Investors warm to the dark side

Anne PlestedInteresting article today in efinancialnews comments that in the year to August there has been a marked increase in the overall use of dark pools compared to execution on exchange for equities.

The review of MiFID is mentioned and, yes, the ability of Organised Trading Facilities (OTFs) to use discretion and prevent HFT participation on their platforms may be key to execution quality. The upcoming regulatory changes will likely bring more transparency to broker crossing systems as they become classified as OTFs and MTFs but it is worth pointing out that the existing waiver system which allows such venues to operate in the dark will remain, although expected to be more stringently monitored.

Also, a new obligation on venues to provide data on the quality of their execution of transactions should go some way to allying concerns raised by the buy-side.

If OTFs can prevent HFT participation on their platforms will this likely result in

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3 Responses to “Investors warm to the dark side”
  1. Irene Galbani says:

    Hi Anne

    I also read the article and had a look at the data it refers to (Thomson Reuters Monthly Market Shares Report). The report combines Thomson Reuters figures concerning dark pools with those of Markit referring to broker crossing activity showing that the total market share almost doubled during the past year jumping from 3 to 6%. However, looking at the original dataset, it is clear that the increase is driven by broker crossing activity whilst dark pools share remained stable.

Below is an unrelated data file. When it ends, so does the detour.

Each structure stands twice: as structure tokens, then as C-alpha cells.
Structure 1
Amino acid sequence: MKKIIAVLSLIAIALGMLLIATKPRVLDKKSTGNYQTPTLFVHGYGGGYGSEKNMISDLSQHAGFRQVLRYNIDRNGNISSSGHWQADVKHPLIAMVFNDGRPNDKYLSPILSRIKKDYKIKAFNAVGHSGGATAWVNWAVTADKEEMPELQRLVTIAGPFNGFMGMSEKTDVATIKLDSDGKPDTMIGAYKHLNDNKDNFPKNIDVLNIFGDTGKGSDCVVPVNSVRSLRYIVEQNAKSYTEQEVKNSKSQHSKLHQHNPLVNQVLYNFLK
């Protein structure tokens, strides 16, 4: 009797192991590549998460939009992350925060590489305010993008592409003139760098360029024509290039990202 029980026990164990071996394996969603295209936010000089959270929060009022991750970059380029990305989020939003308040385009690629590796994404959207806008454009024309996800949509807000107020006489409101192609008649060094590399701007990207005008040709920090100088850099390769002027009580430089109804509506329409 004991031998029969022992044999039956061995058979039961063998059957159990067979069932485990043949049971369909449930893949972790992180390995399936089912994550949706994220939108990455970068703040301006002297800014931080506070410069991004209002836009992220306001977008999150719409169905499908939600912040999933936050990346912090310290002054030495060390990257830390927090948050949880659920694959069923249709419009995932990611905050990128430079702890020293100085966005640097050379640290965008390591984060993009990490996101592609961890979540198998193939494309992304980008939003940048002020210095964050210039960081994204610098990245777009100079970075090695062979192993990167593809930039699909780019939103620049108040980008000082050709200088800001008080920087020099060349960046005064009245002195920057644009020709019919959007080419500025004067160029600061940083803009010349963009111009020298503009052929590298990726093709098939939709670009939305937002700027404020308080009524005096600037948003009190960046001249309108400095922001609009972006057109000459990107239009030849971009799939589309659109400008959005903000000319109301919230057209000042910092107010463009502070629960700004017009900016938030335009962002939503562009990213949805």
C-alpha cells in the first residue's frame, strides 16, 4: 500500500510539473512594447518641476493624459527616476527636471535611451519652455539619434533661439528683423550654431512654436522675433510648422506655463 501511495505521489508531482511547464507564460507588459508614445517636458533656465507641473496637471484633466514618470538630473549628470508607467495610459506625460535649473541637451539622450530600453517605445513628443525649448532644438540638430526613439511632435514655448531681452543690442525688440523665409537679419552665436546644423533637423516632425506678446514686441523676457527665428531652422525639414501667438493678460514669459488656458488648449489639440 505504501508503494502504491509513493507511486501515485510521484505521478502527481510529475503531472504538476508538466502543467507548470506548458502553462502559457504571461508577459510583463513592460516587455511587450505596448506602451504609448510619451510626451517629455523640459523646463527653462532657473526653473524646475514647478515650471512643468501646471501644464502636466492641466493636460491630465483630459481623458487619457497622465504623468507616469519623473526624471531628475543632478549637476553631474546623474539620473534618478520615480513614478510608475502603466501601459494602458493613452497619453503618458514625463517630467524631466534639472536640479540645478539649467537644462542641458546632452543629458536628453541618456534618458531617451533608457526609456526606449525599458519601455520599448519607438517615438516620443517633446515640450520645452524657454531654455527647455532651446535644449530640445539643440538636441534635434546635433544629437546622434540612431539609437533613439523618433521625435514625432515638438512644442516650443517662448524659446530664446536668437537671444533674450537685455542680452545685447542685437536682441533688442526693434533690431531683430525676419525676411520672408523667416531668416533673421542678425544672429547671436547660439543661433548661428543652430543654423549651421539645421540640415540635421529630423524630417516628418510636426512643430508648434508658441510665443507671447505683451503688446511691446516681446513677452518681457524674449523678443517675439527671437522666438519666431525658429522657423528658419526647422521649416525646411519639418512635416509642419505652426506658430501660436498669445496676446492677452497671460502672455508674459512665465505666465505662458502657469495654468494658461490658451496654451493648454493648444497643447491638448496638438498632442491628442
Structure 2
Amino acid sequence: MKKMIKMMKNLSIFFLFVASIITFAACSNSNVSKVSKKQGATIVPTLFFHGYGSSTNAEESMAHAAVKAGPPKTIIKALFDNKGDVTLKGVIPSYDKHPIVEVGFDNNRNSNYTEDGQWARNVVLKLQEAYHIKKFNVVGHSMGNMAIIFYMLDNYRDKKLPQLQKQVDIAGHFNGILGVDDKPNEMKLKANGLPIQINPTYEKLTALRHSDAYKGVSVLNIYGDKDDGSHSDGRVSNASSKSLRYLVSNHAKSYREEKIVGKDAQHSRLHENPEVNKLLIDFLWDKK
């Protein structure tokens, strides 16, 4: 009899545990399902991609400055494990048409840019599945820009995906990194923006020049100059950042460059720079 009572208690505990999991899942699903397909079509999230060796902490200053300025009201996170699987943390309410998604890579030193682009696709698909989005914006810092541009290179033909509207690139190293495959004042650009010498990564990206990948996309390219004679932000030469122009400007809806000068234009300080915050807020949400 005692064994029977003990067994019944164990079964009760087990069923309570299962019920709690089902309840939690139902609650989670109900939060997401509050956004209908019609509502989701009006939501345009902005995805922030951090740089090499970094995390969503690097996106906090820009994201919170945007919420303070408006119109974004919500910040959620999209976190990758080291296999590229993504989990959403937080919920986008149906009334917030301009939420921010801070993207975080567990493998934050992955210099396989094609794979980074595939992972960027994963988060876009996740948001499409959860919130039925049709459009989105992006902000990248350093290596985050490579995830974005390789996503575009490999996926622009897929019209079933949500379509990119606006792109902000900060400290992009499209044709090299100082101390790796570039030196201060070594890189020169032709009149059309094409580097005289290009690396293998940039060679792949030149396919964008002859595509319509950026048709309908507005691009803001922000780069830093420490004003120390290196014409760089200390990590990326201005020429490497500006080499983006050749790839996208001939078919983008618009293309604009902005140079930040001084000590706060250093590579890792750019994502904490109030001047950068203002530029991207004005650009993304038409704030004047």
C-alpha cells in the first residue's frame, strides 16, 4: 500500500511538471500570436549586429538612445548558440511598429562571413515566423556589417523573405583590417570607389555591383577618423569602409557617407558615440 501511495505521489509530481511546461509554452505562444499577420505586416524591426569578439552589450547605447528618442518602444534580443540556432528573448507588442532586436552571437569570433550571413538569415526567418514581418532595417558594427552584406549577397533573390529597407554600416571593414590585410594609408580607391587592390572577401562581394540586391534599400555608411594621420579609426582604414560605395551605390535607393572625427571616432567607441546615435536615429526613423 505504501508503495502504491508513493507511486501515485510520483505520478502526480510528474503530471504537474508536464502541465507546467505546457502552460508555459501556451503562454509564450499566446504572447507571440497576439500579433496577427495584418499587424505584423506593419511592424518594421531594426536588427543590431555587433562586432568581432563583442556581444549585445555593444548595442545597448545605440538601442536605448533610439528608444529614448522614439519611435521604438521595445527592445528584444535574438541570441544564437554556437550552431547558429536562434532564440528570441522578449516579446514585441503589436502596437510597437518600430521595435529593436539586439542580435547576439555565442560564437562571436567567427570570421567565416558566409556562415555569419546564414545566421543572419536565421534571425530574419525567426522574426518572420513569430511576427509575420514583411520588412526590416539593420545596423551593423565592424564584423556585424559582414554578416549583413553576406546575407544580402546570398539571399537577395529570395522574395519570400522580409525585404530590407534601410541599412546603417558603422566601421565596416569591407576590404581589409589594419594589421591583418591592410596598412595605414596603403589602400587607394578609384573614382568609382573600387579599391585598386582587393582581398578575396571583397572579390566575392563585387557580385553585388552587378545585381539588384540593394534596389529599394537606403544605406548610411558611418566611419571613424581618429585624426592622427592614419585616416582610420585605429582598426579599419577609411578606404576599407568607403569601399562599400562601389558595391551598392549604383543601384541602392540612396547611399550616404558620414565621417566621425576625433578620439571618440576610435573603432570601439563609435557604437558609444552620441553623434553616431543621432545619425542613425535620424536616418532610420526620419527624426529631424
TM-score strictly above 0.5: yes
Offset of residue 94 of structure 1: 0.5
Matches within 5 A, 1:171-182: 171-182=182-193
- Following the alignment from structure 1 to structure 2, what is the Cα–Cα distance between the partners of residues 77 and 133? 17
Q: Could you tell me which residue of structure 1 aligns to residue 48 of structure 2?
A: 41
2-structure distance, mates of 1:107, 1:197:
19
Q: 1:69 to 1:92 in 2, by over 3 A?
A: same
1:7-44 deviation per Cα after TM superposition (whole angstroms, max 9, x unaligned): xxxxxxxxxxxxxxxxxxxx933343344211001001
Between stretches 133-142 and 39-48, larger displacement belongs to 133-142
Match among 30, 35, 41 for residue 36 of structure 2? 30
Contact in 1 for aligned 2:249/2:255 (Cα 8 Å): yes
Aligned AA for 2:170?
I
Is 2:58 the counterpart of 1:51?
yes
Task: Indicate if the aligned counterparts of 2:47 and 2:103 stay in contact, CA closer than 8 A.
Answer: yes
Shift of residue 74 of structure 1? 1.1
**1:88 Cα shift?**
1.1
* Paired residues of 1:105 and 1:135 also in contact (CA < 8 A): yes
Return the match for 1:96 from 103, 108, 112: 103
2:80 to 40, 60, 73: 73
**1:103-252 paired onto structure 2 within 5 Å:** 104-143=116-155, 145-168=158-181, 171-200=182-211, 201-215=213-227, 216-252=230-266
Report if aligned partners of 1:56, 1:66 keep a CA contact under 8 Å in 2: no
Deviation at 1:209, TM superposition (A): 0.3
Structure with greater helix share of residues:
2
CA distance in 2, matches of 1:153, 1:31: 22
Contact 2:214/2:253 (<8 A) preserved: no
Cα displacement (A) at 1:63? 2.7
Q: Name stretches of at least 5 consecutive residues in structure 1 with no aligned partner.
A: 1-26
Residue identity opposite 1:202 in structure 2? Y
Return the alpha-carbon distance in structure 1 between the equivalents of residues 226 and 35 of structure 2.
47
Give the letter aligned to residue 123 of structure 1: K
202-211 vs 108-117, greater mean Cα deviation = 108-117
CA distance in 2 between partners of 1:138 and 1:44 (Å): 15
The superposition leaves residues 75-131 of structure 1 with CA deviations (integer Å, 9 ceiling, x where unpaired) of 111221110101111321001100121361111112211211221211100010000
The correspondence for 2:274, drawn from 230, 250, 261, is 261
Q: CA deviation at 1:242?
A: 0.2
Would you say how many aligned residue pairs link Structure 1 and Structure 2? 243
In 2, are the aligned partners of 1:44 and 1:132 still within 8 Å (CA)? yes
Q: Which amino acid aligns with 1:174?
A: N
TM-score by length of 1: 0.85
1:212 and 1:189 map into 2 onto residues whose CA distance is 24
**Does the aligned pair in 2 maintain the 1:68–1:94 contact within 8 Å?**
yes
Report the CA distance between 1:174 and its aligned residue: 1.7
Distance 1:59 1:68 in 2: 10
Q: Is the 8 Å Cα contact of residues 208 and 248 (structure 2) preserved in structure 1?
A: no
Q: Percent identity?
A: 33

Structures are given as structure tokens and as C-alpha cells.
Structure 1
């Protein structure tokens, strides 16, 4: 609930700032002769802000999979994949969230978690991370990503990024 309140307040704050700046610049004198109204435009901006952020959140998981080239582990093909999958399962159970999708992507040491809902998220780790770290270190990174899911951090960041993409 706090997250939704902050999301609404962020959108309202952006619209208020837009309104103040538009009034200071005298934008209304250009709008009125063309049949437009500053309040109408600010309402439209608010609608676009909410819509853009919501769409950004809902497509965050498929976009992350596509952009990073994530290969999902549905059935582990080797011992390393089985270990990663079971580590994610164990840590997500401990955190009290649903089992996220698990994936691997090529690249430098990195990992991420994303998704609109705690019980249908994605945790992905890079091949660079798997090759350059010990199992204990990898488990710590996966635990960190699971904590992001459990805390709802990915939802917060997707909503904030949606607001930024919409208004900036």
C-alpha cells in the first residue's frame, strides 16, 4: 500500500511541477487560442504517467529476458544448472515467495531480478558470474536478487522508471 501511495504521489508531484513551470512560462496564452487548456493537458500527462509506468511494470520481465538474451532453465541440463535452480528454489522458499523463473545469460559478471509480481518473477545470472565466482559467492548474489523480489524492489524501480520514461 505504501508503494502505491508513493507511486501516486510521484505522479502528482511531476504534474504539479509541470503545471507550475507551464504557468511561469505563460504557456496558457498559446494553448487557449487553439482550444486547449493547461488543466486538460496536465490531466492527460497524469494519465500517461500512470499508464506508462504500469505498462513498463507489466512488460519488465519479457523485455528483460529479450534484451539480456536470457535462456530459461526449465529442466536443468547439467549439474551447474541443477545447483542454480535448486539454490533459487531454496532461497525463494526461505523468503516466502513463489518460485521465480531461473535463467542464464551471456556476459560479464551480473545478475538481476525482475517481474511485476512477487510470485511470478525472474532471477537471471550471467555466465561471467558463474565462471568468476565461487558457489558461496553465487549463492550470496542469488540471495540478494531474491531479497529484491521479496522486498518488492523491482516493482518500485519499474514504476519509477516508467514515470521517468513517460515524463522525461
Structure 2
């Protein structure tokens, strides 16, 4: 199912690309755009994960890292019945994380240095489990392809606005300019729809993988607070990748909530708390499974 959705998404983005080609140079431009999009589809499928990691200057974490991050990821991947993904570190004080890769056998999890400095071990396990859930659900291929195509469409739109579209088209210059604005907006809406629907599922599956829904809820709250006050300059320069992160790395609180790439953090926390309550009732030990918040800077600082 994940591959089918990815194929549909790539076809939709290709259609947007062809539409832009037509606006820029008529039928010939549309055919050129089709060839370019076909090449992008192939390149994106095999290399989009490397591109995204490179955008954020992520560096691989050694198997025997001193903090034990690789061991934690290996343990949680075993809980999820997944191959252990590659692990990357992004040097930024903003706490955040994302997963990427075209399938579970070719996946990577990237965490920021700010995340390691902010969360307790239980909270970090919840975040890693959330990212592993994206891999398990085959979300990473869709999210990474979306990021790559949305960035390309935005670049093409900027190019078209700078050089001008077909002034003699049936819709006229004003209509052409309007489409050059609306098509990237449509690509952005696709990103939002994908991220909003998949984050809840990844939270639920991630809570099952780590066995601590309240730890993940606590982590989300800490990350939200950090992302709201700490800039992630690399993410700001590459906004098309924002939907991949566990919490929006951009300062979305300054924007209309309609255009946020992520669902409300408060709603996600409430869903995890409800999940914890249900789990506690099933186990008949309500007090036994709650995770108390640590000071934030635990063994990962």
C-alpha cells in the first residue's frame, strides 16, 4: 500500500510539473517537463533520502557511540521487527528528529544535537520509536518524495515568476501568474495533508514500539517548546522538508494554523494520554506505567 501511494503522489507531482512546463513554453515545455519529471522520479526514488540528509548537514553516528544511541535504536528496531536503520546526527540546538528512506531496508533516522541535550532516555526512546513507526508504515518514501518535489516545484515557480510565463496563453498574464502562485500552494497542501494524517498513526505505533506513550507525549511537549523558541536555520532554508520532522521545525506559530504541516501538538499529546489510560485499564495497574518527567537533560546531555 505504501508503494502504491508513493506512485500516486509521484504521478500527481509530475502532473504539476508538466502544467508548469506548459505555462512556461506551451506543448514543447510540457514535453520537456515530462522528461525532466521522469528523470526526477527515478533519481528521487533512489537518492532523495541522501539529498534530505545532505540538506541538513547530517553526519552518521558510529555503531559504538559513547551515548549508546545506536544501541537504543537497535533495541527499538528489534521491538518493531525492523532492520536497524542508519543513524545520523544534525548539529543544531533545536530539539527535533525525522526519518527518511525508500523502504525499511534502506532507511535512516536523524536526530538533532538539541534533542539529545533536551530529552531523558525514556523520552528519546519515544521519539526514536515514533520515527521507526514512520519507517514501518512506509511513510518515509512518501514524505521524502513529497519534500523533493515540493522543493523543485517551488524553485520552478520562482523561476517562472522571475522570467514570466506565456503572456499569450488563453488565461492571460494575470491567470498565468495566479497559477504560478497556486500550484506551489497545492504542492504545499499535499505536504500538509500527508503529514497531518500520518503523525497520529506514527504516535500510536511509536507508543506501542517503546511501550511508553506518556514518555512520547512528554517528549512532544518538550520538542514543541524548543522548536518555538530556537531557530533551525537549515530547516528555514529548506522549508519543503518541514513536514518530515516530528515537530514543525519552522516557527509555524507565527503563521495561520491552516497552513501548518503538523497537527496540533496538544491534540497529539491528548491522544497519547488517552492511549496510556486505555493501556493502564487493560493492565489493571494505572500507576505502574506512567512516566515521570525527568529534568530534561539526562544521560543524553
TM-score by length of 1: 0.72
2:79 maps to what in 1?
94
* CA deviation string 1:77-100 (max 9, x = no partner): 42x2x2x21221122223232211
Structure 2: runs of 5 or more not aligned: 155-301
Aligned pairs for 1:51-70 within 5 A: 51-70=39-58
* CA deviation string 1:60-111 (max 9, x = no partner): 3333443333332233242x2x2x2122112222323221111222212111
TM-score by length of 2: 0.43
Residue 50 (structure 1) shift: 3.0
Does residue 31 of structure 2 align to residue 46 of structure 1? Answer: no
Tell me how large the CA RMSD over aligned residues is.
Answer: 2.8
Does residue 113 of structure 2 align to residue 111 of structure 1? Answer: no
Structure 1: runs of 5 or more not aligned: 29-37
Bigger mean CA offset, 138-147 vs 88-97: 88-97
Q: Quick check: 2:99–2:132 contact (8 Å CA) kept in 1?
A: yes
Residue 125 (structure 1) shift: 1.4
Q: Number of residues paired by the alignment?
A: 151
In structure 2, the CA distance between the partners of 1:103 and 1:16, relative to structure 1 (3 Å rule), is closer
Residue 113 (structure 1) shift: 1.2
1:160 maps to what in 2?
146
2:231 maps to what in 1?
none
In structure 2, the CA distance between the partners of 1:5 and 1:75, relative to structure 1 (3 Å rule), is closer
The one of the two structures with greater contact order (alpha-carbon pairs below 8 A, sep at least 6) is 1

The Fidessa Fragulator database distinguishes 4 different trading categories according to the current MiFID regime:

    ‘LIT’ indicates trades executed on-book (RMs or MTFs book).
    ‘Dark’ indicates trades executed on a dark pool where the orders are not visible pre-trade (crossing networks organised as MTFs).
    ‘SI’ indicates trades executed by a Systematic Internaliser (investment firms which, on a frequent and systematic basis, execute client orders against their own book). This is different from simple crossing of clients’ orders.
    ‘OTC’ indicates trades that should have been executed over the counter and reported to one of the reporting venues (a sort of residual category).

    Looking at Fidessa figures for the major European indices (as listed on the Fragmentation website), the balance of power between the different trading categories remained almost stable in the past year:

    Value/ volume: over 90% equally split between lit and OTC, around 2% for SI and 1.6% for dark pools.

    Number of trades: over 90% for lit, around 5% for OTC, 1.6% for SI and around 2% for dark pools.

    Our figures are consistent with Thomson Reuters’ dark pools figure but we didn’t register any dramatic increase in non-lit trading in general.

    This is proof that we are surrounded by a variety of reports, all different and all correct as long as they stick to their respective methodologies. I totally agree that a better classification of broker crossing activity is needed but I also think that before imposing any kind of limitation to non-lit trading we should be able to understand how much of what falls under the non-lit umbrella corresponds to real liquidity. Along with many others, I’m firmly convinced that post-trade reporting standardisation is the first step we need to take.

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